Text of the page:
J K Grace


A rapid field bioassay technique with subterranean termites
1983 - IRG/WP 1188
Details are summarised of a field procedure which is designed to ensure continuous exposure to a replenishing termite biomass. After pre-baiting to determine the presence and identification of a termite hazard, test specimens (35 x 35 x 250 mm³) are installed vertically in the ground adjacent to and in contact with bait specimens of the same dimensions and interconnected by susceptible feeder strip.
C D Howick, J W Creffield


Problems caused by termites in buildings in the State of Sao Paulo
1976 - IRG/WP 150
Termites are the main insects attacking buildings in the State of Sao Paulo - Brazil. Their attack occurs in wood and wooden materials as well as paper, textile, leather and so on.
M S Cavalcante


International collaborative laboratory comparison of two wood preservatives against subterranean termites: Third update and first report
1996 - IRG/WP 96-10174
At the 24th annual meeting of IRG in Orlando, USA, in May 1993 an international subterranean termite laboratory bioassay to compare the various preferred termite protocols used by IRG termitologists was initiated. The author was nominated to co-ordinate this comparative laboratory evaluation of two wood preservatives, copper-chrome-arsenic (CCA) and copper naphthenate (Cu-Na) against the subterranean termites used as test termites in Australia, France, Japan, Thailand, United Kingdom and the Unites States of America. Solutions of these two wood preservatives were prepared and impregnated into Pinus radiata wood blocks to obtain loading of 0.0, 0.5, 1.0, 2.0 and 4.0 kg/m³ respectively. All preservative treatments were carried out at the Division of Forestry and Forest Products in Melbourne. The treated specimens were dispatched to the participating researchers who subjected these specimens to attack by their test termite species, and have now returned the specimens to Melbourne. This paper reports the amount of wood consumed and the mean mass loss (%) on both treated and untreated wood blocks by the termites in the various laboratory bioassays.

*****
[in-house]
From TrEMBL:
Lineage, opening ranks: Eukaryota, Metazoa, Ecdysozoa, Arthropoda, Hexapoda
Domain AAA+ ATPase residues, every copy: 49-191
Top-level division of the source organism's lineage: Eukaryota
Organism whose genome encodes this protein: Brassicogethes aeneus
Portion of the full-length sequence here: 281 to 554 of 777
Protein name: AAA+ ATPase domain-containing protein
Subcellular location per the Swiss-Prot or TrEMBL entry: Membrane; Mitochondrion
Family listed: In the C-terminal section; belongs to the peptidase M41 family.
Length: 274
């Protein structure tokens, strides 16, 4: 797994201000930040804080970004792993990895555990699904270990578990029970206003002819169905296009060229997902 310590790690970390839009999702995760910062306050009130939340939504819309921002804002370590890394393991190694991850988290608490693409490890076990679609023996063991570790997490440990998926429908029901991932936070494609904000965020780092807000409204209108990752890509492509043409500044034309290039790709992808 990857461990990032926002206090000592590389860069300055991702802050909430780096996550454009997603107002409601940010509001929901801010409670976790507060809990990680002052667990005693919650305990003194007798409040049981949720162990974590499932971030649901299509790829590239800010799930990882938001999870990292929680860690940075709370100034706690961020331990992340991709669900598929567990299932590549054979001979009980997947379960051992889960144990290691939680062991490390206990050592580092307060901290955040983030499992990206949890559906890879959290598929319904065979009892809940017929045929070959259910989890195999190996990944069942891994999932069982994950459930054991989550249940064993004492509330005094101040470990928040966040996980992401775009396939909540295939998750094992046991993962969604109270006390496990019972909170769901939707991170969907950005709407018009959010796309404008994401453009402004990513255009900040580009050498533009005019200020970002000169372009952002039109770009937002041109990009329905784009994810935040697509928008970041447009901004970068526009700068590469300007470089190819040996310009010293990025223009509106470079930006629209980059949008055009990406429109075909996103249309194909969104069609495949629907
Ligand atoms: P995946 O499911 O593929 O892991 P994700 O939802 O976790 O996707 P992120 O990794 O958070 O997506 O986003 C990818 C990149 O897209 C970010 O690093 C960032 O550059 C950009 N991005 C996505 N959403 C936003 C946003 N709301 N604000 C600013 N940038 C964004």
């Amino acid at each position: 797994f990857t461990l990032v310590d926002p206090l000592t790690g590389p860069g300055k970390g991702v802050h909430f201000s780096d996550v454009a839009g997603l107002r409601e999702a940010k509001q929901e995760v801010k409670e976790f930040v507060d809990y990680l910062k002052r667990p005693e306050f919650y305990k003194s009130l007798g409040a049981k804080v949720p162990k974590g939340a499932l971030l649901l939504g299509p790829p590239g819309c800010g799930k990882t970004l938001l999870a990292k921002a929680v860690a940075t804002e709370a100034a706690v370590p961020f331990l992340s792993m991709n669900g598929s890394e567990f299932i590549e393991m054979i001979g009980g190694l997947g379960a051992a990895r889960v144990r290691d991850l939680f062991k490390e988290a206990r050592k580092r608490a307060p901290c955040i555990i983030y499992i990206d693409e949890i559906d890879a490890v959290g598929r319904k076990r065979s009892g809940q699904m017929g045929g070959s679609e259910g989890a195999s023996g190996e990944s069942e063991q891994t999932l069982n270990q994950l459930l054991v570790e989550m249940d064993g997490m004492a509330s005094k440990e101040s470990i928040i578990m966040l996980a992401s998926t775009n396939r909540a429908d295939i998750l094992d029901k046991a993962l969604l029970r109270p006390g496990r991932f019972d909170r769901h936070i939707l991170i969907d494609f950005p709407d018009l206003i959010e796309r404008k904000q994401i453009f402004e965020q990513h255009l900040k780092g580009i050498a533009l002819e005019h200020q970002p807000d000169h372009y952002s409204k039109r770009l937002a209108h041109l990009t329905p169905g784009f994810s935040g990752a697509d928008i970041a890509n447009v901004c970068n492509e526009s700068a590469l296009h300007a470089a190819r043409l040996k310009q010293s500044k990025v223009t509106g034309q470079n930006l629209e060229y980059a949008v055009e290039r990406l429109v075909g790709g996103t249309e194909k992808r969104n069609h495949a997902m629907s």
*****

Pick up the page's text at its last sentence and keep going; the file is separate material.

J R J French


Detection of feeding behaviour of termites using AE monitoring
1991 - IRG/WP 1514
Using acoustic emission (AE) monitoring, the feeding activity of the termite inhabiting a wood specimen was investigated. The amplitude and the rate of AE from the specimen of Coptotermes formosanus Shiraki was larger than that of Reticulitermes speratus Kolbe. The AE event rate was higher in the specimen with soldiers than without soldiers. The AE event rate decreased according to the resistance of wood specimens against termite attack.
Y Imamura, M Tokoro, M Owada, Y Fujii, M Noguchi


Trials on the field control of the Formosan subterranean termite with Amdro® bait
1982 - IRG/WP 1163
Amdro® - treated paper towels were introduced into two field colonies of the Formosan subterranean termite in Hawaii. At the concentration of 180 ppm, the toxicant bait was ineffective one month after the introduction. At higher concentrations (> 6,400 ppm), the baits were eaten initially; however, one week after introduction, termites avoided or covered the baits. The 15,000 ppm baits supressed the activity of one colony but did not affect the other.
N-Y Su, M Tamashiro, J R Yates III


Laboratory evaluation of chemicals as termiticides
1986 - IRG/WP 1293